Every once in a while there is a movie so good it's astonishing, and this morning I saw one. It's called The Cove, and it has just been screened at the Sundance Film Festival to critical acclaim and standing ovations. The film, directed by Louie Psihoyos and produced by the Oceanic Preservation Society, chronicles former dolphin trainer Ric O'Barry's heroic campaign to stop the killing of 2,000 dolphins every year in the Japanese coastal village of Taiji. In the 1960s, O'Barry trained the animals that collectively became known as Flipper to TV viewers - an experience that he has spent decades trying to undo because of the role the television show played in creating the captive dolphin industry in the United States and around the world. He came to believe that dolphins should never be captive, and he has tirelessly campaigned to end the inhumane treatment of these undeniably intelligent, self-aware creatures.
The Cove is a riveting tale, told with skill, substance, and relentless drama. The place that gives rise to the film's name is a secretive cove in Taiji, Japan, and the film tells the story not only of what goes on in this hidden place but the lengths that O'Barry and his team had to go to expose it. The Cove is promoted as "an intelligent/action/adventure/Ocean's Eleven-like horror film wrapped around a tale of redemption and ultimate revenge - oh, and it's a documentary." It justly deserves, and was recently awarded, the Audience Award at Sundance.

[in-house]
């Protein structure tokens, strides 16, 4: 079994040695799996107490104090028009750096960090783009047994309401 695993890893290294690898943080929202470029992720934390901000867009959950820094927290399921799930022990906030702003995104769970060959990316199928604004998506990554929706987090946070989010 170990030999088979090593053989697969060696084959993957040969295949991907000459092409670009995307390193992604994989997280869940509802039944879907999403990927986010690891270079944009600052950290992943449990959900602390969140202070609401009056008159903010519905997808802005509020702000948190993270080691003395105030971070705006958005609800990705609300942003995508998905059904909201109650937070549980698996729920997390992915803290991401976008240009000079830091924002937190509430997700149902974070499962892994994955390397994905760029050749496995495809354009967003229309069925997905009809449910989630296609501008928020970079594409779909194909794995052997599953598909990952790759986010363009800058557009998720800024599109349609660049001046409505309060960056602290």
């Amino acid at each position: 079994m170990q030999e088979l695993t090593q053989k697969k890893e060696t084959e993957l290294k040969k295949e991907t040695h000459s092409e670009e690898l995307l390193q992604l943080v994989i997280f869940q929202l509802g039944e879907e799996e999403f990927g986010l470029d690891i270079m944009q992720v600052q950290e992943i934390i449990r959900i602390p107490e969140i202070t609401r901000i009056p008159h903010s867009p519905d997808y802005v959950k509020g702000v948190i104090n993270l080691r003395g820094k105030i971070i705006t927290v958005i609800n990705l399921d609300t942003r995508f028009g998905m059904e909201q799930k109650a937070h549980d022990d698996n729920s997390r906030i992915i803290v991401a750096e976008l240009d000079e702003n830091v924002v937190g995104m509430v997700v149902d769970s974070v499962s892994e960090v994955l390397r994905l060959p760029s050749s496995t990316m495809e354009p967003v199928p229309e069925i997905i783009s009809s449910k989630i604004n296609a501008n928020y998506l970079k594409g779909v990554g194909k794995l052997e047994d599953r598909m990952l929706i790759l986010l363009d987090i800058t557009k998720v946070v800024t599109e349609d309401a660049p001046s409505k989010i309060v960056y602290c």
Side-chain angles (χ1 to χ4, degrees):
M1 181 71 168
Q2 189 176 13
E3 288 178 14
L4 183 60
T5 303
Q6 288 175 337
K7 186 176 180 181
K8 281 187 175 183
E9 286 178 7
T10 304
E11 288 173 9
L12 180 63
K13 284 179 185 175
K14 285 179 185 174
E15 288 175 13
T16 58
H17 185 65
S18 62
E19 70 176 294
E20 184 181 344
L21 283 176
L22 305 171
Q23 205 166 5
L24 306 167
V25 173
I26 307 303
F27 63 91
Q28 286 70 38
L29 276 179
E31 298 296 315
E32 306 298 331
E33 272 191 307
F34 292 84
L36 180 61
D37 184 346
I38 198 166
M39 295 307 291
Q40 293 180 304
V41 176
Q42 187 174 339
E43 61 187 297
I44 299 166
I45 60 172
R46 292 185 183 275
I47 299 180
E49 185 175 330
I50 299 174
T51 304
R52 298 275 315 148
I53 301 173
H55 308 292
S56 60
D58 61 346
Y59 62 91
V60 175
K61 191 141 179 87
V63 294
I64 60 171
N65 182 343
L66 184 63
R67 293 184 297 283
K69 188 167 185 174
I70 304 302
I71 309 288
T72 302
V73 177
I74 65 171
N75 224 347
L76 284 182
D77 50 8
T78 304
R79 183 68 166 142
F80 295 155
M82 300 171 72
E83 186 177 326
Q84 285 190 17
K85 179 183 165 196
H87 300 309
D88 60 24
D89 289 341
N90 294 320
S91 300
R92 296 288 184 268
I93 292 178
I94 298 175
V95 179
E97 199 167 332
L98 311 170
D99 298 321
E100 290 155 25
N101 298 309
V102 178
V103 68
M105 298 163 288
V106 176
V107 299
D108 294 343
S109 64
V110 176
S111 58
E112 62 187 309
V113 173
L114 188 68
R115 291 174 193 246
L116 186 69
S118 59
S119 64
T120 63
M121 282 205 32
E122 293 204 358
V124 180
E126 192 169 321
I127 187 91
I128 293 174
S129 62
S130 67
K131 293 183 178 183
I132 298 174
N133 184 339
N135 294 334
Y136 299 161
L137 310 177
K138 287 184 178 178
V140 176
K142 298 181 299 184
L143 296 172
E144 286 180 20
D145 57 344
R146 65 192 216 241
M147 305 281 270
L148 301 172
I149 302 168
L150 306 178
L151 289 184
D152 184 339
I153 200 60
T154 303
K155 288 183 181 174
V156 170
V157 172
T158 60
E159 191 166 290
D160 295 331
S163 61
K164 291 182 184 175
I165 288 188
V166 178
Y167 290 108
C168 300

This could have been, but is not, a punishing series of images of relentless cruelty. Instead, it places the Japanese fishery in a cultural, historical, and political context, tying it, for example, to the captive dolphin industry and to the failure of the International Whaling Commission, the only international forum devoted exclusively to the regulation of whaling but which, inexplicably, excludes any jurisdiction over, and therefore protection for, dolphins, porpoises, and other small whales. Claiming that the dolphins are "pests," depleting the world's fish stocks, the small group of fishermen who make their living in the cove do everything they can to prevent the outside world from learning what they're up to. Nothing seems to matter, including the health of their own children. Because dolphin meat is toxic, containing levels of mercury that vastly exceed safe levels, the fishermen have no where to go with the dolphin meat they produce but to serve it to children in mandatory school lunch programs or to market it to Japanese consumers as falsely labeled whale meat.
An international coalition has been working to stop the fishery that is the focus of The Cove and to protect the thousands of dolphins that are driven to their death there each year. SaveJapanDolphins.org has information on steps we all can take, including sending letters to the Japanese Embassy and to President Obama. This movie is a remarkable achievement, and everyone should see it. I hope they'll get the chance.